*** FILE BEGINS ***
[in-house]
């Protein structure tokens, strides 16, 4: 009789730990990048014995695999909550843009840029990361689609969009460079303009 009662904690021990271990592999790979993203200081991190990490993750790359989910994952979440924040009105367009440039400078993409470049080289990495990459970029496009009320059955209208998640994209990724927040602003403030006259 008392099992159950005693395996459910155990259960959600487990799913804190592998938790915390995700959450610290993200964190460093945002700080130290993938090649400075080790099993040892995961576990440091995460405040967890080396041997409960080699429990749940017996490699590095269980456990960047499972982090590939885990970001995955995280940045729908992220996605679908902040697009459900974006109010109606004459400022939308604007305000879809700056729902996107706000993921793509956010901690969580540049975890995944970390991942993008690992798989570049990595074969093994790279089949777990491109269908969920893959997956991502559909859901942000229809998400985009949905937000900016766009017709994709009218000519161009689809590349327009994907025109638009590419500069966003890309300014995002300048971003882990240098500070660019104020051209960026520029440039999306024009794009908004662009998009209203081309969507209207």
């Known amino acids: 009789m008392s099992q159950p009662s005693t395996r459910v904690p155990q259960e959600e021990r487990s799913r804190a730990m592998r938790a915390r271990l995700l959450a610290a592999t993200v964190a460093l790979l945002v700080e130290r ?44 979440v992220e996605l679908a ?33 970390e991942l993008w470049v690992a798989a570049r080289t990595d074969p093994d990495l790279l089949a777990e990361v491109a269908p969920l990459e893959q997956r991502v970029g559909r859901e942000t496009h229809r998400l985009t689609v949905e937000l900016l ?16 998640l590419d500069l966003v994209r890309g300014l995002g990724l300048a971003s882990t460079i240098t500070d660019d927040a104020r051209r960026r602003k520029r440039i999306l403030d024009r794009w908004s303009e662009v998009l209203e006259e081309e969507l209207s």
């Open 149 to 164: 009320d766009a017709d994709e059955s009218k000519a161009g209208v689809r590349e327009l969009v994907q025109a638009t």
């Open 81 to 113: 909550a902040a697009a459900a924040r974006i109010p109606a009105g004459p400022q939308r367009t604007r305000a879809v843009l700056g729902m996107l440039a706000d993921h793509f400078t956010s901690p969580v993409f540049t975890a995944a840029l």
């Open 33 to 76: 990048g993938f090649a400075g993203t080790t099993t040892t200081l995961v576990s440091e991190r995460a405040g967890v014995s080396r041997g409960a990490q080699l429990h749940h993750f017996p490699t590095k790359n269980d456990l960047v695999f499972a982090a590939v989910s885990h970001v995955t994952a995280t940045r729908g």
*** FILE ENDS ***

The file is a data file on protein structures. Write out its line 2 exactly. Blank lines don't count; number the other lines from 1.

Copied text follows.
């Protein structure tokens, strides 16, 4: 009789730990990048014995695999909550843009840029990361689609969009460079303009 009662904690021990271990592999790979993203200081991190990490993750790359989910994952979440924040009105367009440039400078993409470049080289990495990459970029496009009320059955209208998640994209990724927040602003403030006259 008392099992159950005693395996459910155990259960959600487990799913804190592998938790915390995700959450610290993200964190460093945002700080130290993938090649400075080790099993040892995961576990440091995460405040967890080396041997409960080699429990749940017996490699590095269980456990960047499972982090590939885990970001995955995280940045729908992220996605679908902040697009459900974006109010109606004459400022939308604007305000879809700056729902996107706000993921793509956010901690969580540049975890995944970390991942993008690992798989570049990595074969093994790279089949777990491109269908969920893959997956991502559909859901942000229809998400985009949905937000900016766009017709994709009218000519161009689809590349327009994907025109638009590419500069966003890309300014995002300048971003882990240098500070660019104020051209960026520029440039999306024009794009908004662009998009209203081309969507209207």